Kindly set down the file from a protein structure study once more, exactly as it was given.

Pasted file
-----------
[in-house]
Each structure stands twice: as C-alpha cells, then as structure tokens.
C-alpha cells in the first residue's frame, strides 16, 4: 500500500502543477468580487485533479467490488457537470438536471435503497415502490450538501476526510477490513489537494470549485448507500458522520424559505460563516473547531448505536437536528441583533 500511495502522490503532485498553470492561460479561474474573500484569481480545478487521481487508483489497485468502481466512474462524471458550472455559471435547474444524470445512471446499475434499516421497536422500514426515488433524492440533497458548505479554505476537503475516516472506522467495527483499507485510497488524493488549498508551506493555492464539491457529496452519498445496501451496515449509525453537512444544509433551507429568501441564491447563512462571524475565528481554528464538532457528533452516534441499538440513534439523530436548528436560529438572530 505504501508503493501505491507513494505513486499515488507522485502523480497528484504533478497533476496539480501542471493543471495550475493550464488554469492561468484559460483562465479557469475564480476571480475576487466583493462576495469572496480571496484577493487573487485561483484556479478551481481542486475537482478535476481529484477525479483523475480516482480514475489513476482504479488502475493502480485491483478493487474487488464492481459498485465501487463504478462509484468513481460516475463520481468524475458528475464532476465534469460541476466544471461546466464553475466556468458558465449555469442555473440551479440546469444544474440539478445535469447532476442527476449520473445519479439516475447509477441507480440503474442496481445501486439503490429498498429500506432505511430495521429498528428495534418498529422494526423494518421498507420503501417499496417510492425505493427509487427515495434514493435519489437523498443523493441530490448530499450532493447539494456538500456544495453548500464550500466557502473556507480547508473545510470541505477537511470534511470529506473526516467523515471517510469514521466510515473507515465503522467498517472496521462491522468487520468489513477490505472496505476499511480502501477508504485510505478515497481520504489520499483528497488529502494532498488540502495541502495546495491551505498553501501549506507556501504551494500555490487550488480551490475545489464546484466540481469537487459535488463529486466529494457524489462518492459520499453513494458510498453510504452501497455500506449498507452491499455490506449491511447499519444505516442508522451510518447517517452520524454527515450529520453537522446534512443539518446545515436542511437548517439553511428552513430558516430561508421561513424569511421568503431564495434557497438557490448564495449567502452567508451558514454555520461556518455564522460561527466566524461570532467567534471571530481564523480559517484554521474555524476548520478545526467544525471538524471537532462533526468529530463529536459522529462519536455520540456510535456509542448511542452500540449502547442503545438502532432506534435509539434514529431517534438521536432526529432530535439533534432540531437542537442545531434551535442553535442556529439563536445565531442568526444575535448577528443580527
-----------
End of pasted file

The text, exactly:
[in-house]
Each structure stands twice: as C-alpha cells, then as structure tokens.
C-alpha cells in the first residue's frame, strides 16, 4: 500500500502543477468580487485533479467490488457537470438536471435503497415502490450538501476526510477490513489537494470549485448507500458522520424559505460563516473547531448505536437536528441583533 500511495502522490503532485498553470492561460479561474474573500484569481480545478487521481487508483489497485468502481466512474462524471458550472455559471435547474444524470445512471446499475434499516421497536422500514426515488433524492440533497458548505479554505476537503475516516472506522467495527483499507485510497488524493488549498508551506493555492464539491457529496452519498445496501451496515449509525453537512444544509433551507429568501441564491447563512462571524475565528481554528464538532457528533452516534441499538440513534439523530436548528436560529438572530 505504501508503493501505491507513494505513486499515488507522485502523480497528484504533478497533476496539480501542471493543471495550475493550464488554469492561468484559460483562465479557469475564480476571480475576487466583493462576495469572496480571496484577493487573487485561483484556479478551481481542486475537482478535476481529484477525479483523475480516482480514475489513476482504479488502475493502480485491483478493487474487488464492481459498485465501487463504478462509484468513481460516475463520481468524475458528475464532476465534469460541476466544471461546466464553475466556468458558465449555469442555473440551479440546469444544474440539478445535469447532476442527476449520473445519479439516475447509477441507480440503474442496481445501486439503490429498498429500506432505511430495521429498528428495534418498529422494526423494518421498507420503501417499496417510492425505493427509487427515495434514493435519489437523498443523493441530490448530499450532493447539494456538500456544495453548500464550500466557502473556507480547508473545510470541505477537511470534511470529506473526516467523515471517510469514521466510515473507515465503522467498517472496521462491522468487520468489513477490505472496505476499511480502501477508504485510505478515497481520504489520499483528497488529502494532498488540502495541502495546495491551505498553501501549506507556501504551494500555490487550488480551490475545489464546484466540481469537487459535488463529486466529494457524489462518492459520499453513494458510498453510504452501497455500506449498507452491499455490506449491511447499519444505516442508522451510518447517517452520524454527515450529520453537522446534512443539518446545515436542511437548517439553511428552513430558516430561508421561513424569511421568503431564495434557497438557490448564495449567502452567508451558514454555520461556518455564522460561527466566524461570532467567534471571530481564523480559517484554521474555524476548520478545526467544525471538524471537532462533526468529530463529536459522529462519536455520540456510535456509542448511542452500540449502547442503545438502532432506534435509539434514529431517534438521536432526529432530535439533534432540531437542537442545531434551535442553535442556529439563536445565531442568526444575535448577528443580527